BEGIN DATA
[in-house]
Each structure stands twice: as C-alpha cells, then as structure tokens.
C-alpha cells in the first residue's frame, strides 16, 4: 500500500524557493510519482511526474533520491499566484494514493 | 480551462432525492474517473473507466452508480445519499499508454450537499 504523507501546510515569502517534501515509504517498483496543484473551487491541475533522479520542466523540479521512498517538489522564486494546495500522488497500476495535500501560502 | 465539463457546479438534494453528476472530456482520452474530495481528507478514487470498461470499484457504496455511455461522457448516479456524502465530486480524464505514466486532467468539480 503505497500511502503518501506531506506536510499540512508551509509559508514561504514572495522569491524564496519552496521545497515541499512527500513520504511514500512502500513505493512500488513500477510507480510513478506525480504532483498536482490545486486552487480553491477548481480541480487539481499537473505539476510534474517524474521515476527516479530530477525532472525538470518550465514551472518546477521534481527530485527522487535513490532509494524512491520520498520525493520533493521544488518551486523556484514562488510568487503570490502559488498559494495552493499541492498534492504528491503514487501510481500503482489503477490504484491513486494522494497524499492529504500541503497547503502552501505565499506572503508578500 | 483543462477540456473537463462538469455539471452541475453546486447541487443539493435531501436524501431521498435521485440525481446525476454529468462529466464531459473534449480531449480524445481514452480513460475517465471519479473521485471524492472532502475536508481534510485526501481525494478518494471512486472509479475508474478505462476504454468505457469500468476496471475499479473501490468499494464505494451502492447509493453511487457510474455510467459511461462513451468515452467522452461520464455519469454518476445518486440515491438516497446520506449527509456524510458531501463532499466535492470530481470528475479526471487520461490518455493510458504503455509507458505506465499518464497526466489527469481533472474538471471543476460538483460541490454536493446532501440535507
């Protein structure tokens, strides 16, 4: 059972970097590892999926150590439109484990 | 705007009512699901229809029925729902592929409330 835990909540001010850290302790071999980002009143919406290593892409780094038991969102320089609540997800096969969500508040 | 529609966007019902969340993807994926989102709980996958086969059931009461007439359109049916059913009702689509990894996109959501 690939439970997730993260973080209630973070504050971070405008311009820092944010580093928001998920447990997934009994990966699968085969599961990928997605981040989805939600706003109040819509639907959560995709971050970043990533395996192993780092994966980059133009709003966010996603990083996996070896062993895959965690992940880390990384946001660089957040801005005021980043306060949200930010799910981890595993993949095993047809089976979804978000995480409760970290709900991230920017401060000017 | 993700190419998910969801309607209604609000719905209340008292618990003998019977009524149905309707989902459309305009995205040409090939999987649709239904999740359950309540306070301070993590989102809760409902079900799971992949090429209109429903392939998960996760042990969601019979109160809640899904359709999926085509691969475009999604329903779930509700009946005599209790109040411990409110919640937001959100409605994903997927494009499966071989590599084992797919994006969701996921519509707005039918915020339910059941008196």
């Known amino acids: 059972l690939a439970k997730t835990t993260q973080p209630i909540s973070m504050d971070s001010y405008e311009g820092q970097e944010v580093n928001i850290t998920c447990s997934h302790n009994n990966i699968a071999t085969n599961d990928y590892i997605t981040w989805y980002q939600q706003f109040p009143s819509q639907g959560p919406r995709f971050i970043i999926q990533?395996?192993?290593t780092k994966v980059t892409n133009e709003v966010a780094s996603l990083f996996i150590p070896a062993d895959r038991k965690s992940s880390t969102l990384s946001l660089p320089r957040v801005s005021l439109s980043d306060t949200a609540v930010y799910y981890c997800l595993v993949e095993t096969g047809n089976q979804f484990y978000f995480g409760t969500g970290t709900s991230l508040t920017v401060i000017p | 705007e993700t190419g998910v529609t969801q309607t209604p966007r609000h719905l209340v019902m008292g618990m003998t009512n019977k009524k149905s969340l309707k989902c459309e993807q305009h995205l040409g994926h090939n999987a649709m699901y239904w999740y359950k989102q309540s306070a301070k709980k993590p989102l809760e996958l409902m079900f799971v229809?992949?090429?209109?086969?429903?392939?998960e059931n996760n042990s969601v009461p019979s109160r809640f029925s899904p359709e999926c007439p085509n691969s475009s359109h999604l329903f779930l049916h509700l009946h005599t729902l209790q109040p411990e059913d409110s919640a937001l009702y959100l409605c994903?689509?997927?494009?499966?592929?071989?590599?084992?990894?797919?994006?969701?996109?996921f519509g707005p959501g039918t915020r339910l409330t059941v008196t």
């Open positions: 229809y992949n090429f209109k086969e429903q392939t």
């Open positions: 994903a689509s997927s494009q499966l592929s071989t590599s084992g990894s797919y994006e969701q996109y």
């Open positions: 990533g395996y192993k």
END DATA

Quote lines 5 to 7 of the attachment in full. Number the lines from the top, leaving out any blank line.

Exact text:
């Known amino acids: 059972l690939a439970k997730t835990t993260q973080p209630i909540s973070m504050d971070s001010y405008e311009g820092q970097e944010v580093n928001i850290t998920c447990s997934h302790n009994n990966i699968a071999t085969n599961d990928y590892i997605t981040w989805y980002q939600q706003f109040p009143s819509q639907g959560p919406r995709f971050i970043i999926q990533?395996?192993?290593t780092k994966v980059t892409n133009e709003v966010a780094s996603l990083f996996i150590p070896a062993d895959r038991k965690s992940s880390t969102l990384s946001l660089p320089r957040v801005s005021l439109s980043d306060t949200a609540v930010y799910y981890c997800l595993v993949e095993t096969g047809n089976q979804f484990y978000f995480g409760t969500g970290t709900s991230l508040t920017v401060i000017p | 705007e993700t190419g998910v529609t969801q309607t209604p966007r609000h719905l209340v019902m008292g618990m003998t009512n019977k009524k149905s969340l309707k989902c459309e993807q305009h995205l040409g994926h090939n999987a649709m699901y239904w999740y359950k989102q309540s306070a301070k709980k993590p989102l809760e996958l409902m079900f799971v229809?992949?090429?209109?086969?429903?392939?998960e059931n996760n042990s969601v009461p019979s109160r809640f029925s899904p359709e999926c007439p085509n691969s475009s359109h999604l329903f779930l049916h509700l009946h005599t729902l209790q109040p411990e059913d409110s919640a937001l009702y959100l409605c994903?689509?997927?494009?499966?592929?071989?590599?084992?990894?797919?994006?969701?996109?996921f519509g707005p959501g039918t915020r339910l409330t059941v008196t």
């Open positions: 229809y992949n090429f209109k086969e429903q392939t």
């Open positions: 994903a689509s997927s494009q499966l592929s071989t590599s084992g990894s797919y994006e969701q996109y």